Seward House, Badsey
28th February 1897
My dear Ethel
We were very pleased to get your letter telling us of all your doings, you are quite gay & after so much dissipation will find it quite difficult to settle down at home again. We are getting on pretty well without you but it is certainly quiet; Father grumbled very much the first day or two at having no daughter at home, but he is more used to it now, & I think we must let you go on to Byfleet, as I want you to have a long enough change to come home with roses in your cheeks. You had better write to Auntie Fanny in a day or two & suggest a day for going on there & ask if it will suit her to have you then. We shall be anxious to hear about your visit to Clewer. I expect you & the girls enjoyed being together very much; how did the dance go off?
The hen that was sitting has hatched six nice little chicks, & Jack sat another hen yesterday on dorkings*. You will be glad to hear that the ducks have begun to lay, also the geese. Cyril spent the afternoon with Maggie Wood on Thursday; she has gone away now & Lily came back yesterday. Mrs Gepp & the children are not going till the 22nd, so you may very likely see them again; there was no Sunday school today & I don’t fancy there will be any more while the Gepps are here. There is to be 10 o’clock & 7 o’clock service on Ash Wednesday. The Literary was a bit slow the other day & the reading not very first rate; Mrs Malcolm has the next, then the Taylors & Miss Garrard, but I don’t know that I shall go to any more. I was sorry to hear you found Auntie in bed with a head ache, I hope she is all right now, give my love to her. I suppose as your blouse was not cut out till Friday it was not finished in time for you to wear it at Clewer? Father wants to know what you thought of the “govs”? He will expect a description of them. With much love from us all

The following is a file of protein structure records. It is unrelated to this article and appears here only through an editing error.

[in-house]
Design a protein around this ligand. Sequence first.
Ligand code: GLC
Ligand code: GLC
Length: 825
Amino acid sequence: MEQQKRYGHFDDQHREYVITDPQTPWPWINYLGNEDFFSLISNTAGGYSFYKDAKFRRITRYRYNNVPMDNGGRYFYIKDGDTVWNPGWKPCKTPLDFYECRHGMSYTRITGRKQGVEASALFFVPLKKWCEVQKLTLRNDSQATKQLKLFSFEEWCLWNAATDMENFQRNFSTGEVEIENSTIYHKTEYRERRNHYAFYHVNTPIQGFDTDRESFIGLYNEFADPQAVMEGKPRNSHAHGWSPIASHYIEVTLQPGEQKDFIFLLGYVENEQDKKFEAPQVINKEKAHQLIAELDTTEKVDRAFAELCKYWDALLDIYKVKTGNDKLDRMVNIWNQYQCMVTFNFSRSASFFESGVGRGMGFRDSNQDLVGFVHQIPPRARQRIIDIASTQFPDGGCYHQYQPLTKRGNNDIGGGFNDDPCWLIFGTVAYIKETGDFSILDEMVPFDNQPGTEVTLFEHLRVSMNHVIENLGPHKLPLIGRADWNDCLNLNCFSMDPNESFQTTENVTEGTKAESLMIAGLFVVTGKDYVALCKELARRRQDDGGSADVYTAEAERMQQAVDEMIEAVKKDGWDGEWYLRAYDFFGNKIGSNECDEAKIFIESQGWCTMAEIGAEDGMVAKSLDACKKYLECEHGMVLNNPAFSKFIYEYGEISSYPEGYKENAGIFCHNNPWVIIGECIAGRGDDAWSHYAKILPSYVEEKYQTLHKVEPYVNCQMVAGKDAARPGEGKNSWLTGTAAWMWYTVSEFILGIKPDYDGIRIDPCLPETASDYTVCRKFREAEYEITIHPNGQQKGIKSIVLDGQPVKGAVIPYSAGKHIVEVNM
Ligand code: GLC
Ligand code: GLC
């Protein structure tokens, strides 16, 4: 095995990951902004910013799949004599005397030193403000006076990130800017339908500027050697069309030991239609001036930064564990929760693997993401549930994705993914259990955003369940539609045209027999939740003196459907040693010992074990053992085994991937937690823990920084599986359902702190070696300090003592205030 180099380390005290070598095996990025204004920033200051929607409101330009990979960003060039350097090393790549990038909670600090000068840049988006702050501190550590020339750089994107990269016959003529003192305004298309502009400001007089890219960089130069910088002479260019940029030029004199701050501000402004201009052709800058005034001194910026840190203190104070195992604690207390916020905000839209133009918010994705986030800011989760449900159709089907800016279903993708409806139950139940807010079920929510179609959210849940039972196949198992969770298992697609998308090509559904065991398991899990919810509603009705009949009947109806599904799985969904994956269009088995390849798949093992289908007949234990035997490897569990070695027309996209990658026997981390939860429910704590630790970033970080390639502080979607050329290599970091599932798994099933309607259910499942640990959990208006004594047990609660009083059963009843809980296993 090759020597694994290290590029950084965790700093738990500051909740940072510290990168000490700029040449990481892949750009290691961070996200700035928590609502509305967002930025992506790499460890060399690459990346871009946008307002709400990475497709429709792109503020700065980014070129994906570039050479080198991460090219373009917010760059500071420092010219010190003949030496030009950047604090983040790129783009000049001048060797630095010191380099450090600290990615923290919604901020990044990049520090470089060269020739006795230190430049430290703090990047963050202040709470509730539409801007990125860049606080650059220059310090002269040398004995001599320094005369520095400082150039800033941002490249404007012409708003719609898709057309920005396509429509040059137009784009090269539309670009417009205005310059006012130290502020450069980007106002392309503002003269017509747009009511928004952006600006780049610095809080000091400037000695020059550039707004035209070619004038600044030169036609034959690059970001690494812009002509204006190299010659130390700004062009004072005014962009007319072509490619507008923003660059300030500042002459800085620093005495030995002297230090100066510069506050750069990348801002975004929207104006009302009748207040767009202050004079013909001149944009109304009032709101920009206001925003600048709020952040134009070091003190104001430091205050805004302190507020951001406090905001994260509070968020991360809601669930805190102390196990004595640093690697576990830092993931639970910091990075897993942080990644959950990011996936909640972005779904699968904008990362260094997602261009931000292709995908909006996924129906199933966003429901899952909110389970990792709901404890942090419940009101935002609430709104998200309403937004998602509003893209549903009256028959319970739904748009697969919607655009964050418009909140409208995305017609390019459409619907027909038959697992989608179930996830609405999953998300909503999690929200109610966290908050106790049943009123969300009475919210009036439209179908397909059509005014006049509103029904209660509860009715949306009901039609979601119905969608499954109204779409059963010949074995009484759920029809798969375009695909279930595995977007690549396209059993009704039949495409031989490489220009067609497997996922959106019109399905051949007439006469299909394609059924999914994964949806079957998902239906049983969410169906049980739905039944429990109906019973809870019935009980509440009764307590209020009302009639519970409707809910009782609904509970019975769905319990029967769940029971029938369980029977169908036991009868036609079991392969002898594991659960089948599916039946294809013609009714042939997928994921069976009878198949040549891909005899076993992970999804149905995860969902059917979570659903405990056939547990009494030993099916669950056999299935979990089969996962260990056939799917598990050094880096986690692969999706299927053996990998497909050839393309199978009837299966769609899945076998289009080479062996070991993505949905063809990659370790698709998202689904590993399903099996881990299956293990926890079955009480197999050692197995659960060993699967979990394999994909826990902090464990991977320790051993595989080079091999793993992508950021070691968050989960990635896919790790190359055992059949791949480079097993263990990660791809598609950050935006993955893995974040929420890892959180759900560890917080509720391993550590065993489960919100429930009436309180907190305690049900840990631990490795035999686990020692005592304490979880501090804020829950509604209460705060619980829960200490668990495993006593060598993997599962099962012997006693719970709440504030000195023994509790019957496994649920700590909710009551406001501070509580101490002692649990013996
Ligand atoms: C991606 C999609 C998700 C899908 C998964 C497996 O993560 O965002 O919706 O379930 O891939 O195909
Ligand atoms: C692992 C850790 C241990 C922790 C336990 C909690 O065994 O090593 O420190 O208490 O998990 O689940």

Your loving mother
Eugénie N Sladden
With thanks to Lesley Wood of Canada for transcribing this letter.